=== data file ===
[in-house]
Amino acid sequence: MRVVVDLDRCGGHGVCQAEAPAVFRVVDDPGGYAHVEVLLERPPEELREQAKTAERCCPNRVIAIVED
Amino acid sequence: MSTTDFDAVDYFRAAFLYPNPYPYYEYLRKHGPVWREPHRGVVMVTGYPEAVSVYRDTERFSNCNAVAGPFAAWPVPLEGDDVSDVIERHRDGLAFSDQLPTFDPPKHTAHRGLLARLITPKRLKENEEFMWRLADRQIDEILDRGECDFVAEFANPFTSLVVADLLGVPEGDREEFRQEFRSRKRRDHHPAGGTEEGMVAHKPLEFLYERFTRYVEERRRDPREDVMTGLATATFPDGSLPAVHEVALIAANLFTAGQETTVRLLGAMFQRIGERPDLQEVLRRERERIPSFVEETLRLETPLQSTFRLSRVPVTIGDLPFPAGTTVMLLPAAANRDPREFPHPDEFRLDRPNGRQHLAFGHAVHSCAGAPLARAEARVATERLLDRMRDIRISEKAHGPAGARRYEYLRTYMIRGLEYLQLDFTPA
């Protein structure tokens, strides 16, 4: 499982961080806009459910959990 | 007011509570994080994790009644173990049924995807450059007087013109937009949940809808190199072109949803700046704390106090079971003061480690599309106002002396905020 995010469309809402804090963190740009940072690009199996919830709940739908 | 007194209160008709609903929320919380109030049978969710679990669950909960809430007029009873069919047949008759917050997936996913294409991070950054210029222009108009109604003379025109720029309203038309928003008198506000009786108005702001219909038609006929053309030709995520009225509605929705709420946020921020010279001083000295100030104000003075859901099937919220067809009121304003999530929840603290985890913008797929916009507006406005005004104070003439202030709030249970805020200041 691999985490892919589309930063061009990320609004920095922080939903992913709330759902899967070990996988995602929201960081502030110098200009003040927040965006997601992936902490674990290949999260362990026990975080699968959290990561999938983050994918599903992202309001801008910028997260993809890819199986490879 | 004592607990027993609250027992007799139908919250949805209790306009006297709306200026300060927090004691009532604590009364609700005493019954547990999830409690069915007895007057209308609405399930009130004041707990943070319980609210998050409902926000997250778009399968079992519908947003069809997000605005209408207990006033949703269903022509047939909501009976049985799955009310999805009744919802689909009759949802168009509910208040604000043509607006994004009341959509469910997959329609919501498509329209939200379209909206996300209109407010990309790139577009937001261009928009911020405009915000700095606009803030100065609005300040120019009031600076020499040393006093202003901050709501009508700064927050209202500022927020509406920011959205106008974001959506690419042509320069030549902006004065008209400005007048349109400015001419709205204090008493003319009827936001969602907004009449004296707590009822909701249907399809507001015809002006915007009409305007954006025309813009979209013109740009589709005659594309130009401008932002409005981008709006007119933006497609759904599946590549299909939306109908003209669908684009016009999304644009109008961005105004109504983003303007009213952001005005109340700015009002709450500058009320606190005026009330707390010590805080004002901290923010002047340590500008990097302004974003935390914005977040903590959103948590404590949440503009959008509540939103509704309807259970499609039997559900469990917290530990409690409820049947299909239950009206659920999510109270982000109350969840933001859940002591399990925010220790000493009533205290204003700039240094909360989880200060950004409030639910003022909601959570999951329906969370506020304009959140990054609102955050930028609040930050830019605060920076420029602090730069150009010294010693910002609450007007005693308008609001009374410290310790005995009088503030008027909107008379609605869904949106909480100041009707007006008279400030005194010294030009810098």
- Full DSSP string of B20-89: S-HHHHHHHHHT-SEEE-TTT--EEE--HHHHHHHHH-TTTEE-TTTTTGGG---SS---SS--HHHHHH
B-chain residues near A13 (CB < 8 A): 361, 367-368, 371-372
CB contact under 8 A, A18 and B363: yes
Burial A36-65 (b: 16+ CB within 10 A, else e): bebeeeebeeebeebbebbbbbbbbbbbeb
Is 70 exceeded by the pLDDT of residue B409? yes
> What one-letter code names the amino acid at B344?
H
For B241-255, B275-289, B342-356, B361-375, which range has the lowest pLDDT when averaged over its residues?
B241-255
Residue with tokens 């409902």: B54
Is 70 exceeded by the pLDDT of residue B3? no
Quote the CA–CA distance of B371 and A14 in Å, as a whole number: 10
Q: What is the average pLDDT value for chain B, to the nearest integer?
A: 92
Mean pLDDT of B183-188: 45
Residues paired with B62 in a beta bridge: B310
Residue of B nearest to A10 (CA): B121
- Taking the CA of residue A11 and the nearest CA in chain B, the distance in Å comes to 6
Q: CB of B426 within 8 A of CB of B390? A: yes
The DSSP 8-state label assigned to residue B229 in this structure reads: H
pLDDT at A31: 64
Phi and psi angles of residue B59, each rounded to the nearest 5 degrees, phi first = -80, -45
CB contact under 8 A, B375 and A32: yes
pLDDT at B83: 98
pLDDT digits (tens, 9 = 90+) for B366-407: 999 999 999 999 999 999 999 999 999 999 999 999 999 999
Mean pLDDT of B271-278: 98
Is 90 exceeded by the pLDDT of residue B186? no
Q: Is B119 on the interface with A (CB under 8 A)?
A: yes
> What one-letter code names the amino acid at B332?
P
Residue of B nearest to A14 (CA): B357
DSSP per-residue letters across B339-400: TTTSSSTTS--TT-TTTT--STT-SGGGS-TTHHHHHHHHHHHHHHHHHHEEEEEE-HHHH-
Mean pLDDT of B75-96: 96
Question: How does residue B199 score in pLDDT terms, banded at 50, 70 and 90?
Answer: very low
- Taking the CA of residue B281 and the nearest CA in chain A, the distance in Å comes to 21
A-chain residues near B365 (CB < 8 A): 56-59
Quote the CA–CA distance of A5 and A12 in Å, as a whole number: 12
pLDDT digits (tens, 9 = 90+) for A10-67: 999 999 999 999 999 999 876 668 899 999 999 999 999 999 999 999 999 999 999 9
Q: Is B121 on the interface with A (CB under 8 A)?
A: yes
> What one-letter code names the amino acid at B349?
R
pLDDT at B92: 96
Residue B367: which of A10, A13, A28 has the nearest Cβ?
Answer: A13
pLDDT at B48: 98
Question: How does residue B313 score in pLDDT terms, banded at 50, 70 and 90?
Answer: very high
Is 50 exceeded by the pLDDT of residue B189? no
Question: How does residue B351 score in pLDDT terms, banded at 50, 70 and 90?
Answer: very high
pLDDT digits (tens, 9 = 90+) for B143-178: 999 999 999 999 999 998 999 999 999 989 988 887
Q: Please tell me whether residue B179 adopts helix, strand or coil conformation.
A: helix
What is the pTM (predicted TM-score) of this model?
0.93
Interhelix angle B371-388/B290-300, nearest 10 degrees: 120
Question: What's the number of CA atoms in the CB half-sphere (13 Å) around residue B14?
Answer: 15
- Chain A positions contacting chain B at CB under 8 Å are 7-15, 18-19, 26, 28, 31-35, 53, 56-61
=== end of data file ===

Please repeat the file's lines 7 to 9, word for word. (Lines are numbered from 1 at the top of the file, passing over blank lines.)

CB contact under 8 A, A18 and B363: yes
Burial A36-65 (b: 16+ CB within 10 A, else e): bebeeeebeeebeebbebbbbbbbbbbbeb
Is 70 exceeded by the pLDDT of residue B409? yes